Without Media Relations, Is It Really PR?

August 21, 2014

This post by Geoff Livingston caught my eye this week:

PR Cannot Escape Media Relations. In this post, Livingston talks about the inescapable connection between PR and media outreach and how some in the PR profession struggle with this.

This struck such a chord with me, because I, too, came to a point in my PR career when I was really resistant to continue doing media relations. I struggled with this—I’d really rather just write, I told a few trusted  PR-savvy colleagues. “Well, then, is that still PR?” some of them replied.

So, I took some time to think. When I looked closer at the needs of my clients, I began to realize what an integral part of PR media relations is. What did my clients really want, in many cases? Media coverage. And why? Because media coverage:

  • Adds to a company’s credibility
  • Raises visibility
  • Paves the way for your sales force
  • Is shareable
  • May be repurposed
  • Feeds content marketing

When you think about all that media coverage can do for a company, it makes sense that businesses are looking to include media outreach in their PR efforts.  

So, instead of distancing myself from media relations, instead I embraced it. And what have I found over the years since? This has become a differentiator for me. I don’t how many PR pros I’ve met who say, “Oh, I don’t really do media relations.” Then, how can you call yourself a PR practitioner, I would ask. As Livingston mentioned, “You can run, but you can’t hide” from media relations.

Further, I get the impression that some PR practitioners tend to look down at media relations—almost as if it’s something beneath them. This was what I encountered when I worked at an agency, as well. The “smile and dial” approach was often used, which is probably why people didn’t enjoy doing it. And, it would be assigned to the most junior person on the team…further demeaning it and its value to the client. If this is the most important thing to the client, why would you look down on it and assign to a junior team member? If it’s so important, as Livingston points out, wouldn’t you want to assign to someone who has some experience and even skill doing it?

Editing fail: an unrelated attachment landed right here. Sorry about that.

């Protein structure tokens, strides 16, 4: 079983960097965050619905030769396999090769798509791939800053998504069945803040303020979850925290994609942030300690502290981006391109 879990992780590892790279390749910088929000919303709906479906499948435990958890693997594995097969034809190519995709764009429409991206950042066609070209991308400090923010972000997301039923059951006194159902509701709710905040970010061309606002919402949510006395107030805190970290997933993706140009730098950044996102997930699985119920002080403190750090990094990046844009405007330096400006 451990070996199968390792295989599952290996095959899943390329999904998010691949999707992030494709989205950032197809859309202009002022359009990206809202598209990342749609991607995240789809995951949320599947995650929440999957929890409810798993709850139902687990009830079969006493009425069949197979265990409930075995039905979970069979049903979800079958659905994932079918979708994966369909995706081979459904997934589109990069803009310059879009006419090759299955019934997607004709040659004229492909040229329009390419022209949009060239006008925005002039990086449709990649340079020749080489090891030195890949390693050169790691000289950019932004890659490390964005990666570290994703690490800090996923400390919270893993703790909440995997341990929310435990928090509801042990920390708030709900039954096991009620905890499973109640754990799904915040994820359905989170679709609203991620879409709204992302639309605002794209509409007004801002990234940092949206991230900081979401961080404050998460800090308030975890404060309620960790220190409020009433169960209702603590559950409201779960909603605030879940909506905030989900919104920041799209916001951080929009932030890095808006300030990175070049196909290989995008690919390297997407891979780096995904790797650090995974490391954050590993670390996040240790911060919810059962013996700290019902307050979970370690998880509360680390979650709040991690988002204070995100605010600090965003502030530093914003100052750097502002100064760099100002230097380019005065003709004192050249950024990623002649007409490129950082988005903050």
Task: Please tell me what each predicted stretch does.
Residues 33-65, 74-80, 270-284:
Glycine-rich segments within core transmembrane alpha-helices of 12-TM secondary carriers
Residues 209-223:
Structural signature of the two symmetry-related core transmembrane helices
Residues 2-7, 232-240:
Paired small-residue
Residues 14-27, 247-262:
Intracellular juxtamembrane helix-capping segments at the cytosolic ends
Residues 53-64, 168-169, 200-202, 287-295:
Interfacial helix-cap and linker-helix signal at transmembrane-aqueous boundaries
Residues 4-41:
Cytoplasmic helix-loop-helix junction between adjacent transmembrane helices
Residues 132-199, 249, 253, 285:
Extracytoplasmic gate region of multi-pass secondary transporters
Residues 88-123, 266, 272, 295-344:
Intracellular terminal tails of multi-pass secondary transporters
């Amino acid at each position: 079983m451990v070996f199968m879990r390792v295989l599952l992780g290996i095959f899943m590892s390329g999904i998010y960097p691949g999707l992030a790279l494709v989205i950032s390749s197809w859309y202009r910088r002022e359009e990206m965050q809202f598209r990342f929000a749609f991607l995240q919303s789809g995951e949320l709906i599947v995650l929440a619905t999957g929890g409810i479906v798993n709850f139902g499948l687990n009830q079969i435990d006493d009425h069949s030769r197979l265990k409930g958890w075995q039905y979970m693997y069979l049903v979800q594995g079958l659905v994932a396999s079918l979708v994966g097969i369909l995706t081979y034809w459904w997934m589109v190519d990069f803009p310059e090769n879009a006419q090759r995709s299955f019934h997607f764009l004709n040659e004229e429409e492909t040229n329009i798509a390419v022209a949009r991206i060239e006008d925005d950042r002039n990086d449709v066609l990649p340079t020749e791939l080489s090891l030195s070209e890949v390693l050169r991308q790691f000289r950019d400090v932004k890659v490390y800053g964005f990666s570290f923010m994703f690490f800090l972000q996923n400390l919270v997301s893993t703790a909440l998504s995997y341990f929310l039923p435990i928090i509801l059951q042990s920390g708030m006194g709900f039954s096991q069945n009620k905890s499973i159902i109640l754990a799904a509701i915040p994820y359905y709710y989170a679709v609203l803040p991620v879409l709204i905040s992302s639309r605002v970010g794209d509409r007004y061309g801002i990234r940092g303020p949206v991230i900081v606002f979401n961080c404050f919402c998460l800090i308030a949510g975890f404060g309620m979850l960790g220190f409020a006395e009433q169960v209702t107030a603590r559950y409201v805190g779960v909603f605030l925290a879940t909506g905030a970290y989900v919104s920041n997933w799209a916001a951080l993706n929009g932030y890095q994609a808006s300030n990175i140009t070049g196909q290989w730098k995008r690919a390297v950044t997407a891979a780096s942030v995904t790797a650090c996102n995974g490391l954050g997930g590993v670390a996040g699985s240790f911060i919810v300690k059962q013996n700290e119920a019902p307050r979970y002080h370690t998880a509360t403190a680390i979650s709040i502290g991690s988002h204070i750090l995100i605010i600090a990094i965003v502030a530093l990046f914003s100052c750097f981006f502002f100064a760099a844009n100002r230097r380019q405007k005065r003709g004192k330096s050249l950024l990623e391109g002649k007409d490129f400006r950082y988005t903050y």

“I believe a media relations pro or agency that can open those doors and facilitate that story breakthrough is even more valuable today than ever before,” writes Livingston. “Practicing public relations without media relations is much like playing the lottery. Assuming the media will stumble upon your business story may as well be a raffle, one that loses probability every year.”

As long as media relations provides value to clients, it will continue to be a vital part of PR. “PR pros who no longer want to offer media relations could position their service offering a little differently. They can clearly offer marketing communications services, or social media marketing or simply content,” Livingston continues. I like this line of reasoning. And they can leave the media relations to those of us who understand its value and truly embrace it.  

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2 responses to “Without Media Relations, Is It Really PR?”

  1. Steve Schick says:

    While I believe that PR without media relations is a bit like getting all dressed up and having nowhere to go, there is a purpose and value to PR without the media component. The model of creating press tools to help or influence journalists to write about a company/product is obviously much broader than it was before the predominance of the online world. Companies can simultaneously “self publish” as well as pursue the traditional media approach. Media still carries greater credibility and, most likely, reach. Still, there are cases where even PR without media relations makes sense. As the article points out, PR may be a critical element to legitimize an announcement (let’s say a new product) and will serve as a important tool to customers, prospects, partners, analysts and even employees. PR may invest a good deal of work to create the release even knowing that they will not pursue any media relations in support of it. In addition, the very act of creating a press release may serve as the internal forcing function to determine exact messaging and positioning within the economy of the release parameters (headlines and subs can only be so long, and they have to be substantiated in the body).

    In today’s world, PR remains as critical as ever. Media relations plays a close second.

  2. Hi Steve! What a nice surprise to see you posting on here! Thank you so much for your comments–you make some great points. I guess I just tire of PR pros who say they don’t do media relations…always makes me do a double take! To me, the two are inextricably intertwined.

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